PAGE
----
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BETWEEN THE LINES

Instead of Just Being Signalman, Burleson Will Use His Signs

November 16, 1996

In four seasons in a third-base coaching box in the major leagues, Rick Burleson has flashed many a sign for a bunt, a stolen base or a hit-and-run.

But he's never actually called one.

Which is one of the reasons Burleson, a veteran of 13 major league seasons as a shortstop, is so excited about the chance the Seattle Mariners have given him to manage the Lancaster JetHawks next season.

It will be the first managing post at any level for Burleson, who had spent the nine seasons since his retirement as a third base coach, roving minor league instructor and scout.

"Getting to call your own shots--sending up a pinch hitter when you want, putting on a hit and run when you want, bringing in a relief pitcher any time you want to--that's something that's always interested me," Burleson said Friday at the Hangar, where he was introduced to the media as the JetHawks' manager.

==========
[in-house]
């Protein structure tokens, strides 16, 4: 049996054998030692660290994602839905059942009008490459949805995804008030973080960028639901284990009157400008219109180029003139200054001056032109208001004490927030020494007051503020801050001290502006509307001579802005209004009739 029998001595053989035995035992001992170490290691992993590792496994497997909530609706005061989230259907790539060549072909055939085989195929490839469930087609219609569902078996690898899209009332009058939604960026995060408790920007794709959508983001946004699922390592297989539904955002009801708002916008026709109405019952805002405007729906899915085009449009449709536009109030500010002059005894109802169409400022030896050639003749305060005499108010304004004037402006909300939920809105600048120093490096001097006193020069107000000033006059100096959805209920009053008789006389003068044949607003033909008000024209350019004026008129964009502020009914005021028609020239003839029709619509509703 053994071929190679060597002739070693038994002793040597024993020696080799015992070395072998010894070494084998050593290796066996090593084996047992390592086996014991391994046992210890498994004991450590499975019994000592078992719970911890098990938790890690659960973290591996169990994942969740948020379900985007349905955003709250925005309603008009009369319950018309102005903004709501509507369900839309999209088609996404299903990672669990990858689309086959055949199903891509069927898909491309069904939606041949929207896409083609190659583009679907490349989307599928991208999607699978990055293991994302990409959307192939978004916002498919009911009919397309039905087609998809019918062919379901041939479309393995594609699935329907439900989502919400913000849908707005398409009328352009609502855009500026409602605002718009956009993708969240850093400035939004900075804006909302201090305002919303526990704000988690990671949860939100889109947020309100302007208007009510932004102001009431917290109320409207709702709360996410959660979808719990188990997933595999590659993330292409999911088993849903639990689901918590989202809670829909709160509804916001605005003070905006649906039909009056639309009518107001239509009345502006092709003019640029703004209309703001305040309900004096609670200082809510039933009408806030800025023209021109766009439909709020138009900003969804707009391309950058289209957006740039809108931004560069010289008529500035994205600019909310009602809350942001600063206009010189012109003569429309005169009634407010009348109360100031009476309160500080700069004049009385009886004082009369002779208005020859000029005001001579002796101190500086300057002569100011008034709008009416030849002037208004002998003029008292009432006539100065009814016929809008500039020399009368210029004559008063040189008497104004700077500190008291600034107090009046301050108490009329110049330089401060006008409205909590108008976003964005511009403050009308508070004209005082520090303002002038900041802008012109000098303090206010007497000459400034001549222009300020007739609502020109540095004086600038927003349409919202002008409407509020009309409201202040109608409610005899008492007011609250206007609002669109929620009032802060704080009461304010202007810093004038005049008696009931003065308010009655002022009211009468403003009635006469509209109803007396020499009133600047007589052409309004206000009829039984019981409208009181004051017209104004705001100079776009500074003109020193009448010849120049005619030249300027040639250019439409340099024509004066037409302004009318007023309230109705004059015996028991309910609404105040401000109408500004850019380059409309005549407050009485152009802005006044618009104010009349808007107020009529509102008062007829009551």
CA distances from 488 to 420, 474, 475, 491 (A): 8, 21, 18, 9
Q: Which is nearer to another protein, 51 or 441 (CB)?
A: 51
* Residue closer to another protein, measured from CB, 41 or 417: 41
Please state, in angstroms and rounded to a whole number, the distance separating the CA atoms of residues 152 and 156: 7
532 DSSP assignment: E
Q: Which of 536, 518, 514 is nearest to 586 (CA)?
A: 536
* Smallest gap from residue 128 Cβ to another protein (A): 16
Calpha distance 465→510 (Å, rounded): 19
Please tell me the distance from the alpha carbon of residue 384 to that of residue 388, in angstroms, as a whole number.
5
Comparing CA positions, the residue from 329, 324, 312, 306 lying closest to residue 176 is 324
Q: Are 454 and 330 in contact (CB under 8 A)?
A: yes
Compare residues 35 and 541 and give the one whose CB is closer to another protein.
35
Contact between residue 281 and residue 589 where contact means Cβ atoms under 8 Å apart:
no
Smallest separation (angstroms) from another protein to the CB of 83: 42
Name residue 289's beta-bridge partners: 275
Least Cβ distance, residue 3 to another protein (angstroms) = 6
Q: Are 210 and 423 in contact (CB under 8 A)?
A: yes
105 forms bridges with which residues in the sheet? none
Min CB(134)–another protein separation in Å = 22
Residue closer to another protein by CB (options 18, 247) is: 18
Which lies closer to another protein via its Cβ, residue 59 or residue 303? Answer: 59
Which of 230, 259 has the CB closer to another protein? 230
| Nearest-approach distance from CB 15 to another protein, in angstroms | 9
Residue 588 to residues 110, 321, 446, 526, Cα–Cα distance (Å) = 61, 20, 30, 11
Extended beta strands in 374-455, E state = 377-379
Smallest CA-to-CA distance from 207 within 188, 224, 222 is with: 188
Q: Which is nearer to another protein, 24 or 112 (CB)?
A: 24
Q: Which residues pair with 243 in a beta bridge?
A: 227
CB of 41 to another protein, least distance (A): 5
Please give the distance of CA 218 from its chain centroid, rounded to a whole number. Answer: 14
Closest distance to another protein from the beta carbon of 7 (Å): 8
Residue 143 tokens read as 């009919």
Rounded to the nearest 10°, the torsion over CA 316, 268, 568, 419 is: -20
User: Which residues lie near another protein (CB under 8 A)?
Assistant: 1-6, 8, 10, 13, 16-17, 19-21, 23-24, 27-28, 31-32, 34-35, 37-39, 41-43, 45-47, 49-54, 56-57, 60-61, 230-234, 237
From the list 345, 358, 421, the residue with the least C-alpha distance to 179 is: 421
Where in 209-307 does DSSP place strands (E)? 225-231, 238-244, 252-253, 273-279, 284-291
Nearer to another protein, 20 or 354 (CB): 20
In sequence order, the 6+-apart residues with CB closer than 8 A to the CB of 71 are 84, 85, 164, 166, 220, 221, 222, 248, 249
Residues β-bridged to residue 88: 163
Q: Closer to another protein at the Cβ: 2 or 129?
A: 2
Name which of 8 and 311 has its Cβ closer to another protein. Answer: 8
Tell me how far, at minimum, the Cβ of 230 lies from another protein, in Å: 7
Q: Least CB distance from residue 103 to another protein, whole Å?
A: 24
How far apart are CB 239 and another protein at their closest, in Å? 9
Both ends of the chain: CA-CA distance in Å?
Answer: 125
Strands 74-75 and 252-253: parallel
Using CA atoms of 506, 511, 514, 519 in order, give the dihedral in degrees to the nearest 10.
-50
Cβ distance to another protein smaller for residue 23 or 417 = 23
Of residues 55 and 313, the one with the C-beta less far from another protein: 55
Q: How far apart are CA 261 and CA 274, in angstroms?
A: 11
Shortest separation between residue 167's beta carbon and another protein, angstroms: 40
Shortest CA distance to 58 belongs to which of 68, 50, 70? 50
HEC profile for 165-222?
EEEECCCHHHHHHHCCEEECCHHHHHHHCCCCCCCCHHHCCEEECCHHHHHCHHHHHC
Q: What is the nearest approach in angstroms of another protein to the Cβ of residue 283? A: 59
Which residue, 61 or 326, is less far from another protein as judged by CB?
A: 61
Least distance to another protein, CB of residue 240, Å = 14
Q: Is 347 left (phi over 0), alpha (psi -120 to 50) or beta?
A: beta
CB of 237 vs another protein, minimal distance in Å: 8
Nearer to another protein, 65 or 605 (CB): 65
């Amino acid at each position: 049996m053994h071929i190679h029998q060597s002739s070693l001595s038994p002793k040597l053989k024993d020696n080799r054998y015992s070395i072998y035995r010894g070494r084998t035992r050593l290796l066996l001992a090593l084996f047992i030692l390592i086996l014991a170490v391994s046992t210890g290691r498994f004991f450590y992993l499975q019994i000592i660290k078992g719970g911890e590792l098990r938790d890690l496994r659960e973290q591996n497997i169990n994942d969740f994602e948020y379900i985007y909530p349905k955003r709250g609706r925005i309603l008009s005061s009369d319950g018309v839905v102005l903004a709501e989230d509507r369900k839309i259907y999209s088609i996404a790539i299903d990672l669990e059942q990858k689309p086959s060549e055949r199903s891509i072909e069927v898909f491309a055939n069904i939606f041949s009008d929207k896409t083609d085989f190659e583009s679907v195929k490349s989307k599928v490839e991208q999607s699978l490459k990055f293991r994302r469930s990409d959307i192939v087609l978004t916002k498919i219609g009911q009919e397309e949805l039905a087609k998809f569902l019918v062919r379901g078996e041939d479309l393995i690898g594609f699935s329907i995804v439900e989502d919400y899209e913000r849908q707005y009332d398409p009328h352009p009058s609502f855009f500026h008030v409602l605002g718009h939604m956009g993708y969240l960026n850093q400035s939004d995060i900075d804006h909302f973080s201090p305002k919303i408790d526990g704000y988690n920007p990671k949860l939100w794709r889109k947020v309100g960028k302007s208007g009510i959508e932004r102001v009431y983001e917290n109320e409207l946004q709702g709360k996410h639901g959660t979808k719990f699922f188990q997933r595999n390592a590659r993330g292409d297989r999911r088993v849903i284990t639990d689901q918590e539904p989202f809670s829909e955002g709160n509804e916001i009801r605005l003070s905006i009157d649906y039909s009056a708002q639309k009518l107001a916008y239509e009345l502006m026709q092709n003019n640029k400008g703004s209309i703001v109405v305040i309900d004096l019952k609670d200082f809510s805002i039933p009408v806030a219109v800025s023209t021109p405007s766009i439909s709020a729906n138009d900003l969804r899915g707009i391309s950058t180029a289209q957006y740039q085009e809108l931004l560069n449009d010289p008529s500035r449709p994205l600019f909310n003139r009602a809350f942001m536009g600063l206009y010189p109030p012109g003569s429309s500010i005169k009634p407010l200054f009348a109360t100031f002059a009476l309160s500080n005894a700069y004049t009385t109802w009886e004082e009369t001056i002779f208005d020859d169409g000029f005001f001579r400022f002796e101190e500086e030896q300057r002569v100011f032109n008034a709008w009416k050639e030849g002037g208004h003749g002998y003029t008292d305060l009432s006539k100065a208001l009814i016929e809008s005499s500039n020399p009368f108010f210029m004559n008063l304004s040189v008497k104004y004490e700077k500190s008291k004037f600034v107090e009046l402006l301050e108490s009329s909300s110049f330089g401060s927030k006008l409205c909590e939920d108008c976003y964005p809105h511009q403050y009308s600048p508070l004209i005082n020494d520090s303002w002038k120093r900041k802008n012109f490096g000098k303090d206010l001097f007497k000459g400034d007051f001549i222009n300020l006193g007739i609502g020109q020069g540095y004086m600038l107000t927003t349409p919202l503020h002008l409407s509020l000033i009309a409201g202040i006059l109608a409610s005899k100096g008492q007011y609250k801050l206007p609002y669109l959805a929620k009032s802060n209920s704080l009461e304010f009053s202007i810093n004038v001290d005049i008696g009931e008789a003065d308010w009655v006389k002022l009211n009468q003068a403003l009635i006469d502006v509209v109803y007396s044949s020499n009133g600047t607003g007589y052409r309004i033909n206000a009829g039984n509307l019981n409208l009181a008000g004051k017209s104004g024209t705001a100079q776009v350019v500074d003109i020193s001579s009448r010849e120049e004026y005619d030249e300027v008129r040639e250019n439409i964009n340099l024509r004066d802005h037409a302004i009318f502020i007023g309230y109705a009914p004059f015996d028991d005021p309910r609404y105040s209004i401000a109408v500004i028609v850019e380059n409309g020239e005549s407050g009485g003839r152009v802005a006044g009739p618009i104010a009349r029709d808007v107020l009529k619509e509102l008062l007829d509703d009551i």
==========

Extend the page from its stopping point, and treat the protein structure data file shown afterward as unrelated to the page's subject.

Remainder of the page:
"I'm looking forward to the opportunity of being able to have that job. I've got to find out if I'm going to be any good at it. I've got to find out if I'm going to like it. And I've got to tell you I think I really will."

Burleson, 45, spent the past two seasons coaching third base for the Angels, but he was fired this summer after Marcel Lachemann resigned as manager.

While he was unemployed, Burleson decided it was time to pursue managing, so he called several major league clubs to see who was interested before being hired by the Mariners.

The JetHawks also announced that Dana Williams, who played in the Boston Red Sox organization and the independent Northern League, will be the batting coach.

The staff, which is entirely new, will be rounded out by pitching coach Jim Slaton, a former major leaguer and a Lancaster native.

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